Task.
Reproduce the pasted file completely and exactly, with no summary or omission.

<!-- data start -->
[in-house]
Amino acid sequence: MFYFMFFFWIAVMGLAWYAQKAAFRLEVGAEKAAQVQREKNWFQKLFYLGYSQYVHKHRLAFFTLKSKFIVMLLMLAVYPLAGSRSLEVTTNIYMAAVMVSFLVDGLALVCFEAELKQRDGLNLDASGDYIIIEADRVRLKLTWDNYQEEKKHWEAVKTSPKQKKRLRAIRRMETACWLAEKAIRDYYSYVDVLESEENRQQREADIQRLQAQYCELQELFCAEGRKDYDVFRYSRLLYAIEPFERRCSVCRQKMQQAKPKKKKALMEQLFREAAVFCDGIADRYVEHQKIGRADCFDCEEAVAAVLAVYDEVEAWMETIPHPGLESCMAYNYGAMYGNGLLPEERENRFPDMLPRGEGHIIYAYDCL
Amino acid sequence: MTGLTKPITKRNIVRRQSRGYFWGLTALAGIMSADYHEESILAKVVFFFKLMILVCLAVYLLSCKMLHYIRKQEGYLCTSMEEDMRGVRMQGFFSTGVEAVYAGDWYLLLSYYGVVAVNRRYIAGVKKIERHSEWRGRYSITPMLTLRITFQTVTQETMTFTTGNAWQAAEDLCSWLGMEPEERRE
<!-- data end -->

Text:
[in-house]
Amino acid sequence: MFYFMFFFWIAVMGLAWYAQKAAFRLEVGAEKAAQVQREKNWFQKLFYLGYSQYVHKHRLAFFTLKSKFIVMLLMLAVYPLAGSRSLEVTTNIYMAAVMVSFLVDGLALVCFEAELKQRDGLNLDASGDYIIIEADRVRLKLTWDNYQEEKKHWEAVKTSPKQKKRLRAIRRMETACWLAEKAIRDYYSYVDVLESEENRQQREADIQRLQAQYCELQELFCAEGRKDYDVFRYSRLLYAIEPFERRCSVCRQKMQQAKPKKKKALMEQLFREAAVFCDGIADRYVEHQKIGRADCFDCEEAVAAVLAVYDEVEAWMETIPHPGLESCMAYNYGAMYGNGLLPEERENRFPDMLPRGEGHIIYAYDCL
Amino acid sequence: MTGLTKPITKRNIVRRQSRGYFWGLTALAGIMSADYHEESILAKVVFFFKLMILVCLAVYLLSCKMLHYIRKQEGYLCTSMEEDMRGVRMQGFFSTGVEAVYAGDWYLLLSYYGVVAVNRRYIAGVKKIERHSEWRGRYSITPMLTLRITFQTVTQETMTFTTGNAWQAAEDLCSWLGMEPEERRE